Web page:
Extra-virgin olive oil tasting

Extra-virgin olive oil tasting

Olive Oils are a unique food. Learn to appreciate them and let yourself be transported to the heart of the Mediterranean, a world of sensations!

Extra Virgin Olive Oil  tasting is becoming increasingly widespread among those passionate about food culture as a fun and enjoyable way to explore the various nuances of this product’s aroma and flavor.

In Spain, where the range of oils is particularly wide (over 200 varieties), tasting can be quite an experience, as each variety of olive produces Extra Virgin Olive Oil with unique aromas and flavors. Furthermore, oils of the same variety produced in different geographical areas may have different nuances of aroma and flavor, and even the ripeness of the fruit at harvest time, or the climatic conditions can influence the end result.

The character and personality of each Extra Virgin Olive Oil can be discovered through the tasting process.

An Olive Oil’s aromas can be appreciated by slightly heating the glass with your hand and breathing in its effluvia several times to compare it with vegetable scents: freshly cut grass, apple, green almonds, tomato, etc. As for taste, a small amount distributed throughout the mouth reveals the nuances of an Extra Virgin Olive Oil: the fruity, bitter or peppery tastes, as well as other sensory attributes.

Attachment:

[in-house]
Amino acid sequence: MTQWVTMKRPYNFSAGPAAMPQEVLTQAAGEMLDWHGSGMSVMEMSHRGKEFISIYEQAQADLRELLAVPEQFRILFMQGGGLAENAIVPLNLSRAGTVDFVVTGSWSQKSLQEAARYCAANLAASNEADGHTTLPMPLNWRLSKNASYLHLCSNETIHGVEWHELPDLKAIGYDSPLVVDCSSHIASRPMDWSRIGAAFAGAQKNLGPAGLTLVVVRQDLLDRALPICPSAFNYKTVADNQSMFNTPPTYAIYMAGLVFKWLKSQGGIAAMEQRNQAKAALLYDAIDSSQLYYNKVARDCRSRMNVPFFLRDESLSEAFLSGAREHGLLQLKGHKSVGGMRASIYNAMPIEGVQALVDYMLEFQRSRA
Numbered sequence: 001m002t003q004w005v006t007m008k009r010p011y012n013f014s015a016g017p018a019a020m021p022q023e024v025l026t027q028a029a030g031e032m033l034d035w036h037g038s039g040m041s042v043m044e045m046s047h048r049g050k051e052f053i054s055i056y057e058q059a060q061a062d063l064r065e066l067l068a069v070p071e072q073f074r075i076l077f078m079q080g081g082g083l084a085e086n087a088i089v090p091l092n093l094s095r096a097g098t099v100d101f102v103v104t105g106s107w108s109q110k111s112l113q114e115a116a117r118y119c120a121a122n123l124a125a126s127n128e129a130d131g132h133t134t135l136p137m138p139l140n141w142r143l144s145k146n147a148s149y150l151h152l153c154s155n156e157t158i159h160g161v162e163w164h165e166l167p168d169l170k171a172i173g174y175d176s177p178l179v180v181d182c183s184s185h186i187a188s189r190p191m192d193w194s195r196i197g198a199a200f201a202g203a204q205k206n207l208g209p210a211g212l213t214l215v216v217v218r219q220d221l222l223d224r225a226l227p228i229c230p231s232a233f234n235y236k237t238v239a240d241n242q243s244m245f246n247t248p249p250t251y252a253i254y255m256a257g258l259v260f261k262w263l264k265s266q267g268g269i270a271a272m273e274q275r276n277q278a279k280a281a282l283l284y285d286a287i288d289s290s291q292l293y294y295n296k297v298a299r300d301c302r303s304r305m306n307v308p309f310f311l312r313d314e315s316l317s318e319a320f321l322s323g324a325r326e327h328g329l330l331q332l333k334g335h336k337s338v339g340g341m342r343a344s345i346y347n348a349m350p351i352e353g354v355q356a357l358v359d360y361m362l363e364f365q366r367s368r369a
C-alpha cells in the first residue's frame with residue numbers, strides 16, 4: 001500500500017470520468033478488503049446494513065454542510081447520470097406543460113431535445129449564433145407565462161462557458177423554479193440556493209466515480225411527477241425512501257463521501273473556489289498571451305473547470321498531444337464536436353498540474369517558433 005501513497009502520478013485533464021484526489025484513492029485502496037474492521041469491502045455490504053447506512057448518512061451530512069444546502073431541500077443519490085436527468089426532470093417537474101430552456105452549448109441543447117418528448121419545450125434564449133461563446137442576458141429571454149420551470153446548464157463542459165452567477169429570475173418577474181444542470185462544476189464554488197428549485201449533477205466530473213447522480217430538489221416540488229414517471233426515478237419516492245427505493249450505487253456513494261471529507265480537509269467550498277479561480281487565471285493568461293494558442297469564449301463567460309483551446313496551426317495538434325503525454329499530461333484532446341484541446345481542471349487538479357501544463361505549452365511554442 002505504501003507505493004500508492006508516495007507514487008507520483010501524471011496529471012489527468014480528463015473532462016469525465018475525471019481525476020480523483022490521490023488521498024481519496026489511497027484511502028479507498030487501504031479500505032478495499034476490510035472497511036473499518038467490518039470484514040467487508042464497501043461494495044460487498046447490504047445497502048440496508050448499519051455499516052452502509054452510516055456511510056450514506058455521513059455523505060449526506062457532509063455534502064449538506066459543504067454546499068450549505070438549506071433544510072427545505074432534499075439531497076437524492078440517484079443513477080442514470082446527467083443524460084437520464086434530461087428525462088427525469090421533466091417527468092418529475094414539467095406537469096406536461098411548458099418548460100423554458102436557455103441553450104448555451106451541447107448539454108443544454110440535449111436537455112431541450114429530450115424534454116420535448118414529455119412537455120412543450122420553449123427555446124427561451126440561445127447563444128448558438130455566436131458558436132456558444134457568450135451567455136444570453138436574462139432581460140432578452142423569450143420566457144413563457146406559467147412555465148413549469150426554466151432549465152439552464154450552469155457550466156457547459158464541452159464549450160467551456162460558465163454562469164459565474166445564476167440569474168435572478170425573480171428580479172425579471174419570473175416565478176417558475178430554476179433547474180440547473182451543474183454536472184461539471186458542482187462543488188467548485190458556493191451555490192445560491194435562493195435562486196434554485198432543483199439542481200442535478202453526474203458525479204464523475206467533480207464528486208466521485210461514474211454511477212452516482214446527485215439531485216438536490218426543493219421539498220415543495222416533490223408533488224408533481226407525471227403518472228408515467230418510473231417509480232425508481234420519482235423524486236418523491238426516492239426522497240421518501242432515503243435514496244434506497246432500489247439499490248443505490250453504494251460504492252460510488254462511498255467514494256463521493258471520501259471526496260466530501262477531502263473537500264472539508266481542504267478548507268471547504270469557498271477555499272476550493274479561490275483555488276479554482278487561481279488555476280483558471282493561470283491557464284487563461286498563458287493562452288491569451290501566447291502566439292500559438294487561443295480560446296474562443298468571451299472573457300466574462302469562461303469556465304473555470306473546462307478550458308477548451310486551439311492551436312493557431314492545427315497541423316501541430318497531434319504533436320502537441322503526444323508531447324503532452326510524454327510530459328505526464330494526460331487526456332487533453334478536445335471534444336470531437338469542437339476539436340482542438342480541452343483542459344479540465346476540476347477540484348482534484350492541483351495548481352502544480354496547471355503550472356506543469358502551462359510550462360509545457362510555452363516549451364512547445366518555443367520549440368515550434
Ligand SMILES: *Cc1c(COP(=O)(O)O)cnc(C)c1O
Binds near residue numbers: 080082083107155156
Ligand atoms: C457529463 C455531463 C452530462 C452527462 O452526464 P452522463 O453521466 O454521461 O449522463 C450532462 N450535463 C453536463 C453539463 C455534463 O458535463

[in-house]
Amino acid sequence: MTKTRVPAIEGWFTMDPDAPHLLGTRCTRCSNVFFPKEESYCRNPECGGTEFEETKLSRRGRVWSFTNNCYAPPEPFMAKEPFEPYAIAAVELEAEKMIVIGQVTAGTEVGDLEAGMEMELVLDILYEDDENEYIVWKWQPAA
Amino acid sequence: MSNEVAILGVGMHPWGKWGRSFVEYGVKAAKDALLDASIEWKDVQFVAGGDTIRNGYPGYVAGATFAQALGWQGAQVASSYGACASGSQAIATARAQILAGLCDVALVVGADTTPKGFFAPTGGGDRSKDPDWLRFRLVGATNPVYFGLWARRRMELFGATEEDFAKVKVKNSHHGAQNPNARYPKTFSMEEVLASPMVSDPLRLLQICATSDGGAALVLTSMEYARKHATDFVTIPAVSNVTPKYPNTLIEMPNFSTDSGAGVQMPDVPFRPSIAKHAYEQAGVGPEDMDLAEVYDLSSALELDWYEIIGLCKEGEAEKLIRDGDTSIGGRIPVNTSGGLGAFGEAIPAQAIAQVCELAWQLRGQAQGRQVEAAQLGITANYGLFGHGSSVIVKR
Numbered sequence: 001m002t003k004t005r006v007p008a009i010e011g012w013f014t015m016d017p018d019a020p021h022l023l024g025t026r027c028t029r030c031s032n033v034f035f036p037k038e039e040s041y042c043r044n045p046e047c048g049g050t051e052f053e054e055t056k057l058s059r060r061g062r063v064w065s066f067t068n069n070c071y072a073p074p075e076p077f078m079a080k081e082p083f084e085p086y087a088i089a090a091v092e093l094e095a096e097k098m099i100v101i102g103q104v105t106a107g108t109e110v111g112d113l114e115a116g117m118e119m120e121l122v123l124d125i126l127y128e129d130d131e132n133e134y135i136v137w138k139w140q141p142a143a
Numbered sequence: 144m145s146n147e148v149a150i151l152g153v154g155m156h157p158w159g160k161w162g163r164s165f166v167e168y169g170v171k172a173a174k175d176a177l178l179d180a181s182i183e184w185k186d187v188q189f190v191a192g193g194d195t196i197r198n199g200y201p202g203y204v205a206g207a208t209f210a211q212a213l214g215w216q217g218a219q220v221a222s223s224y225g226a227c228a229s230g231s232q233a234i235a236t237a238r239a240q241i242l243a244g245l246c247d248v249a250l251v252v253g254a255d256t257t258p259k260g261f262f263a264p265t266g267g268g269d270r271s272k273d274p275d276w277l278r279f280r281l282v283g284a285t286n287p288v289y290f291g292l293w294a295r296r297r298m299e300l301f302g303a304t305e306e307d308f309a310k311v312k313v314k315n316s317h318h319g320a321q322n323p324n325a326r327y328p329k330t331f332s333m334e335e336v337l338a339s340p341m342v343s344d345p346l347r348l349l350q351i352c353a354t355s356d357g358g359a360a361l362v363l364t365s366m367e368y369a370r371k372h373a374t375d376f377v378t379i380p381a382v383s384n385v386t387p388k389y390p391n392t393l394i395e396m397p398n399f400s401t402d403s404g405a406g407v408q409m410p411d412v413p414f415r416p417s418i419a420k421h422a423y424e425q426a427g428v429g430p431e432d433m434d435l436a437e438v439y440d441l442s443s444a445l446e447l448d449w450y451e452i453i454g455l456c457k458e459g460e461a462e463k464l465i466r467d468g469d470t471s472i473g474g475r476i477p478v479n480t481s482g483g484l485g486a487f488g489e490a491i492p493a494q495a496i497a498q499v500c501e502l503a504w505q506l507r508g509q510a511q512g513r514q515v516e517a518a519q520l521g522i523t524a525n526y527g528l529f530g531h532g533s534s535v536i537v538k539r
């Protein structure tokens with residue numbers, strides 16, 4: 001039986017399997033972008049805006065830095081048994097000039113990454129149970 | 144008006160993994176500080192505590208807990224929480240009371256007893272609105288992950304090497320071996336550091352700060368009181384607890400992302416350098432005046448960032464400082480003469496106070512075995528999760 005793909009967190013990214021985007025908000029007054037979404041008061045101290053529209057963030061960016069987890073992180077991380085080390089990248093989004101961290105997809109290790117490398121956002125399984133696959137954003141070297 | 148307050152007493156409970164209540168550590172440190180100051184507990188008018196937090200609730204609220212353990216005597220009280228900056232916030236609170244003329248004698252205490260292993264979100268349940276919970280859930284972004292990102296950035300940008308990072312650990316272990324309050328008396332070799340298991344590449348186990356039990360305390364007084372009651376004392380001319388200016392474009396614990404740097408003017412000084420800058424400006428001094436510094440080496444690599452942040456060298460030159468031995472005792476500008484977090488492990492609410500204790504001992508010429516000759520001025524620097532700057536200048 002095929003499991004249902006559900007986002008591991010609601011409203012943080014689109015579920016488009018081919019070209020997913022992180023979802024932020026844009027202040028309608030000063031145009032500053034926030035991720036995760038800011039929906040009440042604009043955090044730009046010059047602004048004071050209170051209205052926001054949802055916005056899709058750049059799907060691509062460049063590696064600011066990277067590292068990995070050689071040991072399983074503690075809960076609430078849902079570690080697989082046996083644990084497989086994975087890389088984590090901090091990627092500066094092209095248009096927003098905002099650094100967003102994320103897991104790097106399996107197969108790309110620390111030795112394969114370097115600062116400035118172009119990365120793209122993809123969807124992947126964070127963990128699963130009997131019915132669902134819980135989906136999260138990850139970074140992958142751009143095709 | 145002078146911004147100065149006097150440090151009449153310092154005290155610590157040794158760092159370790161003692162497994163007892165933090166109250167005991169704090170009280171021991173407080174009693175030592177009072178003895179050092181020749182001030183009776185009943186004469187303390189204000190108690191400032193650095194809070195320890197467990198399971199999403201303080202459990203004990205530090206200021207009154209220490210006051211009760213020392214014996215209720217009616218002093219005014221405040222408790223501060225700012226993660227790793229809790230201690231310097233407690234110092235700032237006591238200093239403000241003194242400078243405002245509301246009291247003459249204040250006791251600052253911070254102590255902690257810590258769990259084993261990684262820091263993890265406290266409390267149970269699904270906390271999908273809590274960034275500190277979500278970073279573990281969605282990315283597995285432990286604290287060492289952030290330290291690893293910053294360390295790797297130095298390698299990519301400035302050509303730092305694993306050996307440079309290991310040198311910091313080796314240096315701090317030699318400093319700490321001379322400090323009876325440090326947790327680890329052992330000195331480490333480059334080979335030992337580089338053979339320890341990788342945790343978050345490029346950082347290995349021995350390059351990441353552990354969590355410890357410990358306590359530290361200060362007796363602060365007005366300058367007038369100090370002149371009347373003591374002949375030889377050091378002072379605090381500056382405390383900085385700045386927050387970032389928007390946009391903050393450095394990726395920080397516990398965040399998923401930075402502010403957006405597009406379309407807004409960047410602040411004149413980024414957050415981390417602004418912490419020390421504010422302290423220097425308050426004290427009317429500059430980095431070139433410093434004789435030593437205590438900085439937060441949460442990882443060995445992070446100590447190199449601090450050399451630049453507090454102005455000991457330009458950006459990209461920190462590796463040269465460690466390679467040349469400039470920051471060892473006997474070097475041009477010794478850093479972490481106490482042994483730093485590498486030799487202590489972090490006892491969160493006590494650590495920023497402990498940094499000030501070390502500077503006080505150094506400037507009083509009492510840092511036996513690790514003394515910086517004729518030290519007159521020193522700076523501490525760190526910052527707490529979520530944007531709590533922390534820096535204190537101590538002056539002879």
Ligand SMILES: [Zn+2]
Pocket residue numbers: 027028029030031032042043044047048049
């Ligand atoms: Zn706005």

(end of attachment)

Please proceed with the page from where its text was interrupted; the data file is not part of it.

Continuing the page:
How do you do it? Well, you usually taste the oil on the tip of the tongue and then, after small successive inhalations, you slip it over the entire palate and then down into the throat. Finally, a piece of bread or green apple is used between tasting two oils to cleanse the mouth and clear the senses.

It is important to note that the color is not indicative of the quality of the product. For this reason, professionals use dark blue glasses so that they are not influenced by the color of the oil in their assessment.

Extra-virgin oil tasting

The terms used in the tasting of virgin olive oils are similar in some ways to wine: a good oil should be balanced and harmonious. General terms such as “fruity” (green or ripe), “peppery”, “bitter”, and “sweet” are used alongside more specific terms such as “grass”, “green leaves” or other references to vegetables (“artichokes”, “tomatoes”, etc.) and fruits (“almonds”, “apple” or “banana”).

What better way to find out about olive oils than to taste them?